It’s been a few weeks now since we let the cat out of the bag and announced our move to location independence. Understandably, Pete wanted the first “official” notification of our plans to go to his employer, where he worked for fifteen years as Director of Marketing. Once he had given notice there, we started letting folks know what we were up to. Most were delighted and supportive.
Some, however, not so much. This is just what you should expect when you announce any major life decision. Reactions, after all, have as much to do with the self as they do with a catalyst. And you changing something means they have to change, too, in the way that they think of you, and how they see themselves in relation to you.
Interestingly, we found that many of those with whom we shared were not familiar with the concept of location independence at all. Others expressed confusion. How were we ever to make things work? What are our intentions about continuing to work altogether?
The most common reaction we got was, “Wow! Wish I/we could do something like that!” To which the only relevant response is, “Well, you can, of course.” Even so, we were still quite surprised at the amount of dubiousness in the mix. So, in this post we’re going to address some of the skepticism, put the basic misconceptions to rest, and foreshadow what’s going to be happening next.
Nice, but I/we would never be able to afford it. Once we developed a goal, the elements of a plan to achieve its objectives fell into place rather easily. This was somewhat surprising, to be honest. We thought things would be more complicated. Our main goal started out as wanting to travel more. In order to do that, we each needed to be as flexible as Pete’s generous vacation plan.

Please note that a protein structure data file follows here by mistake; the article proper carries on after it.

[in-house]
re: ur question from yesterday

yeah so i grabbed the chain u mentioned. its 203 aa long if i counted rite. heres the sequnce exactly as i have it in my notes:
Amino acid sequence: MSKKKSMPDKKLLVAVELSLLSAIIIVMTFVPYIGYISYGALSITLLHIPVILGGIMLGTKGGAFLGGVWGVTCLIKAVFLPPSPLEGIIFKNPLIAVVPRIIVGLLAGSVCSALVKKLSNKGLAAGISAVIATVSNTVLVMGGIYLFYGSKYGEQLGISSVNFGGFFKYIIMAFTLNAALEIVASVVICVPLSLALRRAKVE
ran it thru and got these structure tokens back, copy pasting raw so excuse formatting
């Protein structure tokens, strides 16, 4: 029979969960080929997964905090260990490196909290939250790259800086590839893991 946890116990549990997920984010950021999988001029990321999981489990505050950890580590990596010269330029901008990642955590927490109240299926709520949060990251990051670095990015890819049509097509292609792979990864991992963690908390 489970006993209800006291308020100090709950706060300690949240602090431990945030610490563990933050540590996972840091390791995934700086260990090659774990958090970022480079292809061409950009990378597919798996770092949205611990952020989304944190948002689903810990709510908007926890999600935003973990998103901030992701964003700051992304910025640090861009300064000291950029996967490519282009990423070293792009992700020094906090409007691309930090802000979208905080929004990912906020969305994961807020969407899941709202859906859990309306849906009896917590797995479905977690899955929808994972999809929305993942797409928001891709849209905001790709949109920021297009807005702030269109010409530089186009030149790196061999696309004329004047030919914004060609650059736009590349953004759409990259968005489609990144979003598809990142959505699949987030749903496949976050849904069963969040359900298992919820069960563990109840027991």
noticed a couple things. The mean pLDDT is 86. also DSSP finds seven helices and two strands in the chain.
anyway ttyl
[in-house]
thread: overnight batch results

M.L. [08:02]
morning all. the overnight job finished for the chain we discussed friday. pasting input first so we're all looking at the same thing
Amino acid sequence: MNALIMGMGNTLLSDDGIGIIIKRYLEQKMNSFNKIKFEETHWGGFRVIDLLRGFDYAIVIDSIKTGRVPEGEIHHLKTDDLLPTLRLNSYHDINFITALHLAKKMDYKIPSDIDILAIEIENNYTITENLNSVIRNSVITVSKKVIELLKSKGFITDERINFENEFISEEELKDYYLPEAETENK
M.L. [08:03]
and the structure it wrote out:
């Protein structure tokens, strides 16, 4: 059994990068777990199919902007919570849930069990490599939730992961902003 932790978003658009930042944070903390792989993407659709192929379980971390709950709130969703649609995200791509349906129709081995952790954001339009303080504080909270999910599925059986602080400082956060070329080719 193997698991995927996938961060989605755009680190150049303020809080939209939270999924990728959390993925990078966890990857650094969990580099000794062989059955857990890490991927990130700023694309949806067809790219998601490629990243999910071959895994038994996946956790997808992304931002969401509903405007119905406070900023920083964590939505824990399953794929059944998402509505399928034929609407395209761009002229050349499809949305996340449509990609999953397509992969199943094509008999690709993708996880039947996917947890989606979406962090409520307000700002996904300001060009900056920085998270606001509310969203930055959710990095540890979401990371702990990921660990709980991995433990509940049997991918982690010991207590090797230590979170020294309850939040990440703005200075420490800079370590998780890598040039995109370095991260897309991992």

We first tested things several years ago, when I sold my business. We were planning an extended vacation, and decided that I wouldn’t “unplug” as I normally might. Instead, I would continue to work at my newly-defined freelance gig while we were away. Other than taking advantage of the opportunity to visit with franchise locations in the vicinity, there really was no measurable difference in working from Minneapolis or somewhere else.
The experiment worked: at the very least, we could maintain the same lifestyle we currently had with Pete working and me freelancing. But we were still subject to his vacation time, which although generous was subject to certain restrictions. And we were dependent upon the health insurance and other benefits from his job as well. Next we had to devise a way to supplement our income to the extent that we could continue to transition out of his employment status without drastic effect.
So envious that you can retire early. Okay, but we’re not really retired if we’re still working, are we? The plan has always been about continuing to work. In our series we co-wrote with Dot of Deeper Issues, Through a Glass Grimly (which begins here), we go into more details about the necessity of working we faced and embraced. Nothing has changed. We’ll be working long past the traditional age of retirement for most folks. We are most certainly not suddenly independently wealthy in the financial sense, anyway.